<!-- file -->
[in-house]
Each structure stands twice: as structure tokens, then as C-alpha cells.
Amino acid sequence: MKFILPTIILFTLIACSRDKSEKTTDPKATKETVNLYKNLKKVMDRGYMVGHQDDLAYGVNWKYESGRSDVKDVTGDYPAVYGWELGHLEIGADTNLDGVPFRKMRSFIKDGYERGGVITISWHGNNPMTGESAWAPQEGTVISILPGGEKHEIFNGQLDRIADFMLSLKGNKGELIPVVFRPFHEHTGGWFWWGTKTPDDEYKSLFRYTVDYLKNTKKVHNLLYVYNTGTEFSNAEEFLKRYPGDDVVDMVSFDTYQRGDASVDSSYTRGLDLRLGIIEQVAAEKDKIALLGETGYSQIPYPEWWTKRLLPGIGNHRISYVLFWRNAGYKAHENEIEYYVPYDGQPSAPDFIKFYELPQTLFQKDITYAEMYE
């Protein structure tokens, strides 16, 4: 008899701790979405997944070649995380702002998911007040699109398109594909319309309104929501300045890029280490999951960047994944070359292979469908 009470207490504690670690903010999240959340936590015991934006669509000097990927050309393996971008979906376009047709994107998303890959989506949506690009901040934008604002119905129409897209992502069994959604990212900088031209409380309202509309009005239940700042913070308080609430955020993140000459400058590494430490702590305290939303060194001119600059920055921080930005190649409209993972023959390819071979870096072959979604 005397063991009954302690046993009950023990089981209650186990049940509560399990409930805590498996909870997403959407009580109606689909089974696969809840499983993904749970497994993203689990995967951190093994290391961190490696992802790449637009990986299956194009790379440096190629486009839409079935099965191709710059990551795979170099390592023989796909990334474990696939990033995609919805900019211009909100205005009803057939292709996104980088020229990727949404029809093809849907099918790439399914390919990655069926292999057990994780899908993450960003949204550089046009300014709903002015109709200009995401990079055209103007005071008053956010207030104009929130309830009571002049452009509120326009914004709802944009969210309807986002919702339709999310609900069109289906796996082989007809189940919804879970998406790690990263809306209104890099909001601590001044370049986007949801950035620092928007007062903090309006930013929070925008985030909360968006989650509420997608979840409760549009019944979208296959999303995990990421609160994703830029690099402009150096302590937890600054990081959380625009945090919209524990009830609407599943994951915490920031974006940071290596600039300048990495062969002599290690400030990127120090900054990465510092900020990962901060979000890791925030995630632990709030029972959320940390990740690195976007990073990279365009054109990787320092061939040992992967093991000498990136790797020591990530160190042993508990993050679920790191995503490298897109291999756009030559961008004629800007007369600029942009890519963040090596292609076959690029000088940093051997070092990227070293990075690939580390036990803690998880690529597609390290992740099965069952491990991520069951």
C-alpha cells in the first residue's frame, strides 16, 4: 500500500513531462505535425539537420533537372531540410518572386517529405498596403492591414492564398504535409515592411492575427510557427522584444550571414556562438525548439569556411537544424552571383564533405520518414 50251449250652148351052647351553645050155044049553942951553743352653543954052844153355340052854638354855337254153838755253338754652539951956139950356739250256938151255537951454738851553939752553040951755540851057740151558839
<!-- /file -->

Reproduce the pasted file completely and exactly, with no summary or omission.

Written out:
[in-house]
Each structure stands twice: as structure tokens, then as C-alpha cells.
Amino acid sequence: MKFILPTIILFTLIACSRDKSEKTTDPKATKETVNLYKNLKKVMDRGYMVGHQDDLAYGVNWKYESGRSDVKDVTGDYPAVYGWELGHLEIGADTNLDGVPFRKMRSFIKDGYERGGVITISWHGNNPMTGESAWAPQEGTVISILPGGEKHEIFNGQLDRIADFMLSLKGNKGELIPVVFRPFHEHTGGWFWWGTKTPDDEYKSLFRYTVDYLKNTKKVHNLLYVYNTGTEFSNAEEFLKRYPGDDVVDMVSFDTYQRGDASVDSSYTRGLDLRLGIIEQVAAEKDKIALLGETGYSQIPYPEWWTKRLLPGIGNHRISYVLFWRNAGYKAHENEIEYYVPYDGQPSAPDFIKFYELPQTLFQKDITYAEMYE
């Protein structure tokens, strides 16, 4: 008899701790979405997944070649995380702002998911007040699109398109594909319309309104929501300045890029280490999951960047994944070359292979469908 009470207490504690670690903010999240959340936590015991934006669509000097990927050309393996971008979906376009047709994107998303890959989506949506690009901040934008604002119905129409897209992502069994959604990212900088031209409380309202509309009005239940700042913070308080609430955020993140000459400058590494430490702590305290939303060194001119600059920055921080930005190649409209993972023959390819071979870096072959979604 005397063991009954302690046993009950023990089981209650186990049940509560399990409930805590498996909870997403959407009580109606689909089974696969809840499983993904749970497994993203689990995967951190093994290391961190490696992802790449637009990986299956194009790379440096190629486009839409079935099965191709710059990551795979170099390592023989796909990334474990696939990033995609919805900019211009909100205005009803057939292709996104980088020229990727949404029809093809849907099918790439399914390919990655069926292999057990994780899908993450960003949204550089046009300014709903002015109709200009995401990079055209103007005071008053956010207030104009929130309830009571002049452009509120326009914004709802944009969210309807986002919702339709999310609900069109289906796996082989007809189940919804879970998406790690990263809306209104890099909001601590001044370049986007949801950035620092928007007062903090309006930013929070925008985030909360968006989650509420997608979840409760549009019944979208296959999303995990990421609160994703830029690099402009150096302590937890600054990081959380625009945090919209524990009830609407599943994951915490920031974006940071290596600039300048990495062969002599290690400030990127120090900054990465510092900020990962901060979000890791925030995630632990709030029972959320940390990740690195976007990073990279365009054109990787320092061939040992992967093991000498990136790797020591990530160190042993508990993050679920790191995503490298897109291999756009030559961008004629800007007369600029942009890519963040090596292609076959690029000088940093051997070092990227070293990075690939580390036990803690998880690529597609390290992740099965069952491990991520069951």
C-alpha cells in the first residue's frame, strides 16, 4: 500500500513531462505535425539537420533537372531540410518572386517529405498596403492591414492564398504535409515592411492575427510557427522584444550571414556562438525548439569556411537544424552571383564533405520518414 50251449250652148351052647351553645050155044049553942951553743352653543954052844153355340052854638354855337254153838755253338754652539951956139950356739250256938151255537951454738851553939752553040951755540851057740151558839